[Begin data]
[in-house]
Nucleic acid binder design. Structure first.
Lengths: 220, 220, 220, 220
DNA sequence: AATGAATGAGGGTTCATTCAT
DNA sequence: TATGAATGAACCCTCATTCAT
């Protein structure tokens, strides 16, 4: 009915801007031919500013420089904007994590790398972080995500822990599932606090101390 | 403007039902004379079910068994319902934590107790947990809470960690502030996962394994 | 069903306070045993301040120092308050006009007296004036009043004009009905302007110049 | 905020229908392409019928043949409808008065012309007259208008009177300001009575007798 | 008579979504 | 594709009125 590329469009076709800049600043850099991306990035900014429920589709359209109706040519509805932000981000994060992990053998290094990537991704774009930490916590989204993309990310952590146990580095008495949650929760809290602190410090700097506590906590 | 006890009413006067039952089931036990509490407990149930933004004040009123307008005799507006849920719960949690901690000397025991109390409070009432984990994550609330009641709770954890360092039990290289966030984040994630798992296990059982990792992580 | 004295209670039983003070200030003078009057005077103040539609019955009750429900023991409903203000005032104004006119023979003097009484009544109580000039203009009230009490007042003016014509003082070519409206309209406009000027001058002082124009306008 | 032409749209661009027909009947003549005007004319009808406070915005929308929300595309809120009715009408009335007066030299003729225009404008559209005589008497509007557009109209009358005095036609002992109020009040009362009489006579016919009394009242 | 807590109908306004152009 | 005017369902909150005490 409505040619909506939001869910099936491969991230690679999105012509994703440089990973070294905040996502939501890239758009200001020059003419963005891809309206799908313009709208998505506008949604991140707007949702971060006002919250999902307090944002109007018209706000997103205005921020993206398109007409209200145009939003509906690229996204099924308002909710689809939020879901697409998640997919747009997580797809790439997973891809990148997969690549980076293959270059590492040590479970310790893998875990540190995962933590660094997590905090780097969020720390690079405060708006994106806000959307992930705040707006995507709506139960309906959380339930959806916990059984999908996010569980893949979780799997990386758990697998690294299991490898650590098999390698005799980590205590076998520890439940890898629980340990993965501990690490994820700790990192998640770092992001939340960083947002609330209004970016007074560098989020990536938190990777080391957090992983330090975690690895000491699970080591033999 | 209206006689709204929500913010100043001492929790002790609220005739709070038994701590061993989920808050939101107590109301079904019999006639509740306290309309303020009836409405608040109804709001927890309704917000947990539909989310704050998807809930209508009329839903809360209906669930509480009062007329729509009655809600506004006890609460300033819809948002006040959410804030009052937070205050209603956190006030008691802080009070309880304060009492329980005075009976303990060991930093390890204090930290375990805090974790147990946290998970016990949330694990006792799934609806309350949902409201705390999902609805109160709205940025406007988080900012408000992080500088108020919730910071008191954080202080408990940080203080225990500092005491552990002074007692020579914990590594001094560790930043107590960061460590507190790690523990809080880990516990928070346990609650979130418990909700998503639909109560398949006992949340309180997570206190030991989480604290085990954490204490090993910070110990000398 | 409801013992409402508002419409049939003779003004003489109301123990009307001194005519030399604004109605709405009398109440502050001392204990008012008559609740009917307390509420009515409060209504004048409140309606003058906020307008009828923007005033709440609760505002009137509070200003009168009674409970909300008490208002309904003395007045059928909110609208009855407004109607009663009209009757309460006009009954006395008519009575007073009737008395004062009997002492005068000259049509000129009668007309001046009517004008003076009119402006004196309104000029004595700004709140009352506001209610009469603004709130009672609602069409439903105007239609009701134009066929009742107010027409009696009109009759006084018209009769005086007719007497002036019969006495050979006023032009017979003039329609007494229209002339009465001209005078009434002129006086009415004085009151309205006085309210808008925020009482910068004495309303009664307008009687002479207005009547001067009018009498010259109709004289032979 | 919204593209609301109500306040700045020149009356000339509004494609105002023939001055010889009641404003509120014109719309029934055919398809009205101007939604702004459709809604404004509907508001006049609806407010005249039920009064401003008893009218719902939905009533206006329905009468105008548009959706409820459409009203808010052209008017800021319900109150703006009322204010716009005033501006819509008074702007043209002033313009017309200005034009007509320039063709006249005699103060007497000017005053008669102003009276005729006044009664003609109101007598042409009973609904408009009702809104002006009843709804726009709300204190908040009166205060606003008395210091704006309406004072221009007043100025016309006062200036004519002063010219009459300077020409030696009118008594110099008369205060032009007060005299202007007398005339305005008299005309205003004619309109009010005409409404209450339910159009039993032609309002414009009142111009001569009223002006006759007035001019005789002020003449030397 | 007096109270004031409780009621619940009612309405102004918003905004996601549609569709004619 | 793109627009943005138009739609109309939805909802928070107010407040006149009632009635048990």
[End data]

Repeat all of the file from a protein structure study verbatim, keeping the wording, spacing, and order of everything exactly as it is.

[in-house]
Nucleic acid binder design. Structure first.
Lengths: 220, 220, 220, 220
DNA sequence: AATGAATGAGGGTTCATTCAT
DNA sequence: TATGAATGAACCCTCATTCAT
């Protein structure tokens, strides 16, 4: 009915801007031919500013420089904007994590790398972080995500822990599932606090101390 | 403007039902004379079910068994319902934590107790947990809470960690502030996962394994 | 069903306070045993301040120092308050006009007296004036009043004009009905302007110049 | 905020229908392409019928043949409808008065012309007259208008009177300001009575007798 | 008579979504 | 594709009125 590329469009076709800049600043850099991306990035900014429920589709359209109706040519509805932000981000994060992990053998290094990537991704774009930490916590989204993309990310952590146990580095008495949650929760809290602190410090700097506590906590 | 006890009413006067039952089931036990509490407990149930933004004040009123307008005799507006849920719960949690901690000397025991109390409070009432984990994550609330009641709770954890360092039990290289966030984040994630798992296990059982990792992580 | 004295209670039983003070200030003078009057005077103040539609019955009750429900023991409903203000005032104004006119023979003097009484009544109580000039203009009230009490007042003016014509003082070519409206309209406009000027001058002082124009306008 | 032409749209661009027909009947003549005007004319009808406070915005929308929300595309809120009715009408009335007066030299003729225009404008559209005589008497509007557009109209009358005095036609002992109020009040009362009489006579016919009394009242 | 807590109908306004152009 | 005017369902909150005490 409505040619909506939001869910099936491969991230690679999105012509994703440089990973070294905040996502939501890239758009200001020059003419963005891809309206799908313009709208998505506008949604991140707007949702971060006002919250999902307090944002109007018209706000997103205005921020993206398109007409209200145009939003509906690229996204099924308002909710689809939020879901697409998640997919747009997580797809790439997973891809990148997969690549980076293959270059590492040590479970310790893998875990540190995962933590660094997590905090780097969020720390690079405060708006994106806000959307992930705040707006995507709506139960309906959380339930959806916990059984999908996010569980893949979780799997990386758990697998690294299991490898650590098999390698005799980590205590076998520890439940890898629980340990993965501990690490994820700790990192998640770092992001939340960083947002609330209004970016007074560098989020990536938190990777080391957090992983330090975690690895000491699970080591033999 | 209206006689709204929500913010100043001492929790002790609220005739709070038994701590061993989920808050939101107590109301079904019999006639509740306290309309303020009836409405608040109804709001927890309704917000947990539909989310704050998807809930209508009329839903809360209906669930509480009062007329729509009655809600506004006890609460300033819809948002006040959410804030009052937070205050209603956190006030008691802080009070309880304060009492329980005075009976303990060991930093390890204090930290375990805090974790147990946290998970016990949330694990006792799934609806309350949902409201705390999902609805109160709205940025406007988080900012408000992080500088108020919730910071008191954080202080408990940080203080225990500092005491552990002074007692020579914990590594001094560790930043107590960061460590507190790690523990809080880990516990928070346990609650979130418990909700998503639909109560398949006992949340309180997570206190030991989480604290085990954490204490090993910070110990000398 | 409801013992409402508002419409049939003779003004003489109301123990009307001194005519030399604004109605709405009398109440502050001392204990008012008559609740009917307390509420009515409060209504004048409140309606003058906020307008009828923007005033709440609760505002009137509070200003009168009674409970909300008490208002309904003395007045059928909110609208009855407004109607009663009209009757309460006009009954006395008519009575007073009737008395004062009997002492005068000259049509000129009668007309001046009517004008003076009119402006004196309104000029004595700004709140009352506001209610009469603004709130009672609602069409439903105007239609009701134009066929009742107010027409009696009109009759006084018209009769005086007719007497002036019969006495050979006023032009017979003039329609007494229209002339009465001209005078009434002129006086009415004085009151309205006085309210808008925020009482910068004495309303009664307008009687002479207005009547001067009018009498010259109709004289032979 | 919204593209609301109500306040700045020149009356000339509004494609105002023939001055010889009641404003509120014109719309029934055919398809009205101007939604702004459709809604404004509907508001006049609806407010005249039920009064401003008893009218719902939905009533206006329905009468105008548009959706409820459409009203808010052209008017800021319900109150703006009322204010716009005033501006819509008074702007043209002033313009017309200005034009007509320039063709006249005699103060007497000017005053008669102003009276005729006044009664003609109101007598042409009973609904408009009702809104002006009843709804726009709300204190908040009166205060606003008395210091704006309406004072221009007043100025016309006062200036004519002063010219009459300077020409030696009118008594110099008369205060032009007060005299202007007398005339305005008299005309205003004619309109009010005409409404209450339910159009039993032609309002414009009142111009001569009223002006006759007035001019005789002020003449030397 | 007096109270004031409780009621619940009612309405102004918003905004996601549609569709004619 | 793109627009943005138009739609109309939805909802928070107010407040006149009632009635048990």